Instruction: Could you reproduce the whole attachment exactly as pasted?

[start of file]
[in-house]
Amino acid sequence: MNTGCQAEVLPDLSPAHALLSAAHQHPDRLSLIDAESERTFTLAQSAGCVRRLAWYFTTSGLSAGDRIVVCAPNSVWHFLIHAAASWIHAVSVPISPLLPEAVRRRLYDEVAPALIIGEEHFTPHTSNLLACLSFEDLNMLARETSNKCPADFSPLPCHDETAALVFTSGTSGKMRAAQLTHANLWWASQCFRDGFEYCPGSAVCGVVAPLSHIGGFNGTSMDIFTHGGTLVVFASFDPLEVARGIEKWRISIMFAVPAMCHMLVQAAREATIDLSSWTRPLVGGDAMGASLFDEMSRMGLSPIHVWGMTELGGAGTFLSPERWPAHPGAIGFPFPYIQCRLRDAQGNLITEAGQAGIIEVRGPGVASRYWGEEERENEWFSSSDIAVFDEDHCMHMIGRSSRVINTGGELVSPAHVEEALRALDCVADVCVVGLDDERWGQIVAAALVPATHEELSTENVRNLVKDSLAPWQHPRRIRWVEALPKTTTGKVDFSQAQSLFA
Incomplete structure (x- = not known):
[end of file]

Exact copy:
[in-house]
Amino acid sequence: MNTGCQAEVLPDLSPAHALLSAAHQHPDRLSLIDAESERTFTLAQSAGCVRRLAWYFTTSGLSAGDRIVVCAPNSVWHFLIHAAASWIHAVSVPISPLLPEAVRRRLYDEVAPALIIGEEHFTPHTSNLLACLSFEDLNMLARETSNKCPADFSPLPCHDETAALVFTSGTSGKMRAAQLTHANLWWASQCFRDGFEYCPGSAVCGVVAPLSHIGGFNGTSMDIFTHGGTLVVFASFDPLEVARGIEKWRISIMFAVPAMCHMLVQAAREATIDLSSWTRPLVGGDAMGASLFDEMSRMGLSPIHVWGMTELGGAGTFLSPERWPAHPGAIGFPFPYIQCRLRDAQGNLITEAGQAGIIEVRGPGVASRYWGEEERENEWFSSSDIAVFDEDHCMHMIGRSSRVINTGGELVSPAHVEEALRALDCVADVCVVGLDDERWGQIVAAALVPATHEELSTENVRNLVKDSLAPWQHPRRIRWVEALPKTTTGKVDFSQAQSLFA
Incomplete structure (x- = not known):